Total Pancreatectomy -- removes the entire pancreas and the spleen, was once used for tumors in the body or head of the pancreas. However, when the entire pancreas is removed, patients are left without any “islet cells”, which produce insulin. This means patients will develop diabetes and be dependent on insulin. There doesn't appear to be any treatment advantage to removing the whole pancreas.

Chemotherapy - Chemotherapy is often used in addition to surgery or radiation therapy in an attempt to slow the growth or prevent recurrence of pancreatic cancer. Gemcitabine is the standard chemotherapy drug for patients with pancreatic cancer. A targeted agent called erlotinib may help some patients with pancreatic cancer when combined with gemcitabine. Aggressive treatment combinations, such as 5-flurouracil + leucovorin + irinotecan + oxaliplatin, may give better survival, but they also have more side effects. 

For patients whose tumors cannot be removed by surgery, chemotherapy can be used to decrease the rate of tumor growth, to control symptoms, and prolong survival.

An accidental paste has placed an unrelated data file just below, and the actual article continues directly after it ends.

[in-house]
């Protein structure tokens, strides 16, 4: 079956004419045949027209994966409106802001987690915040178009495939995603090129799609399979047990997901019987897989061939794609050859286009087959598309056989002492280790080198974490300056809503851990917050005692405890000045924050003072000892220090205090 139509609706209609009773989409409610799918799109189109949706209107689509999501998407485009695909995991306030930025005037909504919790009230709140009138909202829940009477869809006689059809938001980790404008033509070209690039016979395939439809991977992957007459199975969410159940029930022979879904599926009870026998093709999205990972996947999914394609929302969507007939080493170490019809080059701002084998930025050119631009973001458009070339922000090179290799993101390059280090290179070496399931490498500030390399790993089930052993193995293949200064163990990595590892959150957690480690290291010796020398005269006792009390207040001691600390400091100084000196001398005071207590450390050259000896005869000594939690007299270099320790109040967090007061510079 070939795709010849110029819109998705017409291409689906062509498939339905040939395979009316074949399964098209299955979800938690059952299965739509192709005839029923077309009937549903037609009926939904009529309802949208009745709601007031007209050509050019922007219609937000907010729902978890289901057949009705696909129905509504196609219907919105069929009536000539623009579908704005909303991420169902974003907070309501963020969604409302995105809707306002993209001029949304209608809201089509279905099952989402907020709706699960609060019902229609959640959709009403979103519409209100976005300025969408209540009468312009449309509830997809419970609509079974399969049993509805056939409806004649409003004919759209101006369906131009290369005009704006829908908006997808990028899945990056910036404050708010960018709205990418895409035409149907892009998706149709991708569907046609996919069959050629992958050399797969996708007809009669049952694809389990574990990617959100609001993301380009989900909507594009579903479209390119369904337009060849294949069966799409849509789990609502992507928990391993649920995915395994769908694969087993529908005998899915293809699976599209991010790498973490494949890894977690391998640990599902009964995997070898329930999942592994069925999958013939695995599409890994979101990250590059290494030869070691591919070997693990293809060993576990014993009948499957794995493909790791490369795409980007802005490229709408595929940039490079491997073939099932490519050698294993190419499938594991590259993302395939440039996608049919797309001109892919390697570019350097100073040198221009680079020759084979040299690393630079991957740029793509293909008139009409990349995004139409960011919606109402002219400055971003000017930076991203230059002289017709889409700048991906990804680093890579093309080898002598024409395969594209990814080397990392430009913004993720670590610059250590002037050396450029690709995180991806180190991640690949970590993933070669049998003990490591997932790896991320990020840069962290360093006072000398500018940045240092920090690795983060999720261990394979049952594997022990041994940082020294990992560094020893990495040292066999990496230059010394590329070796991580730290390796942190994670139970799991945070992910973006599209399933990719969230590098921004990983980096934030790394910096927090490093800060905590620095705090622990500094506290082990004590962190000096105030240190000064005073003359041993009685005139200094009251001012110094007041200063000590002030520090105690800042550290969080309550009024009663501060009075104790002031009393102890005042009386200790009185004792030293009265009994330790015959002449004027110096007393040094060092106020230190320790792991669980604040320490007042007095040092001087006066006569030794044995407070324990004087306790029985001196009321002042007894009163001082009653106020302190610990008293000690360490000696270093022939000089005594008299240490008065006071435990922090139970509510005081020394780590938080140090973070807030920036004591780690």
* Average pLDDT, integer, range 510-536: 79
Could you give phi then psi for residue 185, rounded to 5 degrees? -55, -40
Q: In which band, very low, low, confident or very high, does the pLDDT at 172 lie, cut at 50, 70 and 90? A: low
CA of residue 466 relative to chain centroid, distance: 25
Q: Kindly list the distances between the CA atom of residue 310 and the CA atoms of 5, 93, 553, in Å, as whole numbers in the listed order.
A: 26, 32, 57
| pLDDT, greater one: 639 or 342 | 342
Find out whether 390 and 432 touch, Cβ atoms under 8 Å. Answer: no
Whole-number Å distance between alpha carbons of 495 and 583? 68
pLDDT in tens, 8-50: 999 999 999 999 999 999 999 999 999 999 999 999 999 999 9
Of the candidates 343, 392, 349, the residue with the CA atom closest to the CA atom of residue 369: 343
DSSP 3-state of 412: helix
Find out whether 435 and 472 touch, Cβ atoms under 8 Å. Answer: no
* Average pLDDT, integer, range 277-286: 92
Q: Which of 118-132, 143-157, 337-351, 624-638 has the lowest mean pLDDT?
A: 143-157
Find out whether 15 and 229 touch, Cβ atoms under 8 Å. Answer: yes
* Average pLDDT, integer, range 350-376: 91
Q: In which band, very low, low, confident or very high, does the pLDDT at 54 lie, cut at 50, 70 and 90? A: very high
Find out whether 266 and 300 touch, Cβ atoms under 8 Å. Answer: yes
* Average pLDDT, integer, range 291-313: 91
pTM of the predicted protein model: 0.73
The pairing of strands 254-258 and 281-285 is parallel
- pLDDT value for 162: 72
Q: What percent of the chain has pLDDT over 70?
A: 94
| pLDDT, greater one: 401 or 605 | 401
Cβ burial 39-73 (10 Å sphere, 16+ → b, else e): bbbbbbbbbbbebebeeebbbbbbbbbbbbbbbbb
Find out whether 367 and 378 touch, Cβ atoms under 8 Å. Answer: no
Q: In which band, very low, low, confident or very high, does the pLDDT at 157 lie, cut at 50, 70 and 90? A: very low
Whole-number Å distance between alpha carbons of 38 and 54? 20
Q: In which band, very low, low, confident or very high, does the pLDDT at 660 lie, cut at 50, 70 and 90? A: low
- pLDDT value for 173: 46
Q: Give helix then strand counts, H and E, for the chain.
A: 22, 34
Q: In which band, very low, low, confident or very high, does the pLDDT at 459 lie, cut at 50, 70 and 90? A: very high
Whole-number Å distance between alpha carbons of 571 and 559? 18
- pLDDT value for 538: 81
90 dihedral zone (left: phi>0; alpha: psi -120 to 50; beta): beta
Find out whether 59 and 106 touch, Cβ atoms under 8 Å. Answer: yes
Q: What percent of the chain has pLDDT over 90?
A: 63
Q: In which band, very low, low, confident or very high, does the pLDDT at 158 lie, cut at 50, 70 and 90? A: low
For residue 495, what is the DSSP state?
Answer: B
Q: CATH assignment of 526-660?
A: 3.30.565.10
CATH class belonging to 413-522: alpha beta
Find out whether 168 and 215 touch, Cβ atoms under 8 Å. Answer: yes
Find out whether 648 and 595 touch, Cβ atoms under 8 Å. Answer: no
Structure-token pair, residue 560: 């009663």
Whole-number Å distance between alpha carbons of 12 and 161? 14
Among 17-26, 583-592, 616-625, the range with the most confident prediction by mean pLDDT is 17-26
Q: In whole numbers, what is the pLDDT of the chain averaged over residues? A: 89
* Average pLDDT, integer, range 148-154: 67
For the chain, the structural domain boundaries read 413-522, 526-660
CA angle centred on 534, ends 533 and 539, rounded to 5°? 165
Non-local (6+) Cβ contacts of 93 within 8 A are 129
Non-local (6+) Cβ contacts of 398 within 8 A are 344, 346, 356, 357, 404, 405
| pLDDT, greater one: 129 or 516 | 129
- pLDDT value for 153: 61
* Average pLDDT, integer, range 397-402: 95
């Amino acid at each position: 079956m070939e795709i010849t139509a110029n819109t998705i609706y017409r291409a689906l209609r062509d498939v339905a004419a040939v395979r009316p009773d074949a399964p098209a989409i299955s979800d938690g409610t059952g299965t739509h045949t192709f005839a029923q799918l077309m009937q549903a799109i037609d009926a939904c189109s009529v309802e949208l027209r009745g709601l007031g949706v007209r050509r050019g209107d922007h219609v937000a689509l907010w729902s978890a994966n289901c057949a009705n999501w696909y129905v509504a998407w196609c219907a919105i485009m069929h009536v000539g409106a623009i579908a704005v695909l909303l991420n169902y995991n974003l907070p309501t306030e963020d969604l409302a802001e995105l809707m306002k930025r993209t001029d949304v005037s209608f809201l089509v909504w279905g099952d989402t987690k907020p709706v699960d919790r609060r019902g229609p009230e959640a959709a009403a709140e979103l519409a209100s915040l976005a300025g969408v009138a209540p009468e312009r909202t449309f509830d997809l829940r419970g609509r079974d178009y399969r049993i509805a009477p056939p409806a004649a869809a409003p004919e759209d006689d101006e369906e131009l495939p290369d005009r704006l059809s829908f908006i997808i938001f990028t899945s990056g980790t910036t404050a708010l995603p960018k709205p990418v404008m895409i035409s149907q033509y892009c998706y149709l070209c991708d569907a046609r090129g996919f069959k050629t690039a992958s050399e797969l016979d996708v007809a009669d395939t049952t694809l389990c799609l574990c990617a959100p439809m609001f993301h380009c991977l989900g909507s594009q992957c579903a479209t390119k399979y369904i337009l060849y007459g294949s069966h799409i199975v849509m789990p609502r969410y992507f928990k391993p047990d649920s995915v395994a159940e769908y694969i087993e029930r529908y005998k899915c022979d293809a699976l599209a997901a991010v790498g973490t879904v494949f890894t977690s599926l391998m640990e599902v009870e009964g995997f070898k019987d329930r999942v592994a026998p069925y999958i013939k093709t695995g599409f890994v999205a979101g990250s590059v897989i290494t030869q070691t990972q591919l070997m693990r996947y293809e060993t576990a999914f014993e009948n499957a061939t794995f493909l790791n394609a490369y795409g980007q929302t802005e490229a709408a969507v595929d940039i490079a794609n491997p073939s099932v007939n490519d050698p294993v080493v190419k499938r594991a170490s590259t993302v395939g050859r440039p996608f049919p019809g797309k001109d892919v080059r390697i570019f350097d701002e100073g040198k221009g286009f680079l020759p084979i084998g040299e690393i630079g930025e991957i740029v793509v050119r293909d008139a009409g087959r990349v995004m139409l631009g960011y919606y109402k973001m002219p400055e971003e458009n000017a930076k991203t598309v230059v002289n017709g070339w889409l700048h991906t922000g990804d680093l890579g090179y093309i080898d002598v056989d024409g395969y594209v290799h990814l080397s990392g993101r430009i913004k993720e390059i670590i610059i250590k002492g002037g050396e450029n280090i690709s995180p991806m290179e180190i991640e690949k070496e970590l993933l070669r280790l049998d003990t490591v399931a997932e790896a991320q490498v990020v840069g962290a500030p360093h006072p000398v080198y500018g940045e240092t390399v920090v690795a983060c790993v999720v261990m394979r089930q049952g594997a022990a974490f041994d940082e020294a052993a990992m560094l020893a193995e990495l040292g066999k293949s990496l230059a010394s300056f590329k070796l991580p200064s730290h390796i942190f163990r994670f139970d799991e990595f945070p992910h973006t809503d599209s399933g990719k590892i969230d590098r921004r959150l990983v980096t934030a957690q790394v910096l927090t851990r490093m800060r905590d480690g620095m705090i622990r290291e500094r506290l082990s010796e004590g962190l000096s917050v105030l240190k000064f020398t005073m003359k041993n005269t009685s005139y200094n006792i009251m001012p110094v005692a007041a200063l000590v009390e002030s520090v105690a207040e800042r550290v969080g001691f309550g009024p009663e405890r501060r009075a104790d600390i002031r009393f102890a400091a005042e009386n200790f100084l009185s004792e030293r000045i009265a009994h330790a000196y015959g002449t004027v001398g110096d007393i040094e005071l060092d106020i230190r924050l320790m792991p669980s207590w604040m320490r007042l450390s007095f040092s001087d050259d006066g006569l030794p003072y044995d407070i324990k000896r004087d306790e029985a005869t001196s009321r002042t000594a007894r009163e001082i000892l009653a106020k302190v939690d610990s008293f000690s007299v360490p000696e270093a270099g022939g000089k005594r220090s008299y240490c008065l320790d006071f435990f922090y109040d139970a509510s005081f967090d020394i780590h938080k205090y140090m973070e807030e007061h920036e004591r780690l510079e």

Radiation Therapy - Radiation therapy in combination with chemotherapy is sometimes used to prevent local recurrence of pancreatic cancer after surgery. Radiation therapy can also be used before surgery to help shrink larger tumors.

Nutrition - Many patients with pancreatic cancer have problems with eating, often because of lack of appetite, nausea and vomiting. It is very important for patients to take in enough calories and protein to control weight and maintain strength. Eating many small meals a day of high-protein, a high-calorie food diet is recommended. 

Some pancreatic cancer patients may require a feeding (enteral) tube, which provides nutrition to patients who have problems keeping up with their calories. Tube feeding may be temporary to treat acute conditions, or long term in the case of chronic illness. A dietitian will teach patients and caregivers how to use and manage the tube, and provide information about nutritional supplements. On occasion patients will require nutrition through the veins call total parenteral nutrition (TPN). This is given through a special IV and administered for a period of time throughout the day. 

Programs + Services


Pancreatic Cancer Program

The Pancreatic Cancer Program at Tufts Medical Center in Boston offers specialized diagnoses and treatments for pancreatic disease and tumors.
More

Doctors + Care Team

E. Kent Yucel, MD

E. Kent Yucel, MD

Title(s): Radiologist-in-Chief; Ettinger–Dreyfus Chair and Professor of Radiology, Tufts University School of Medicine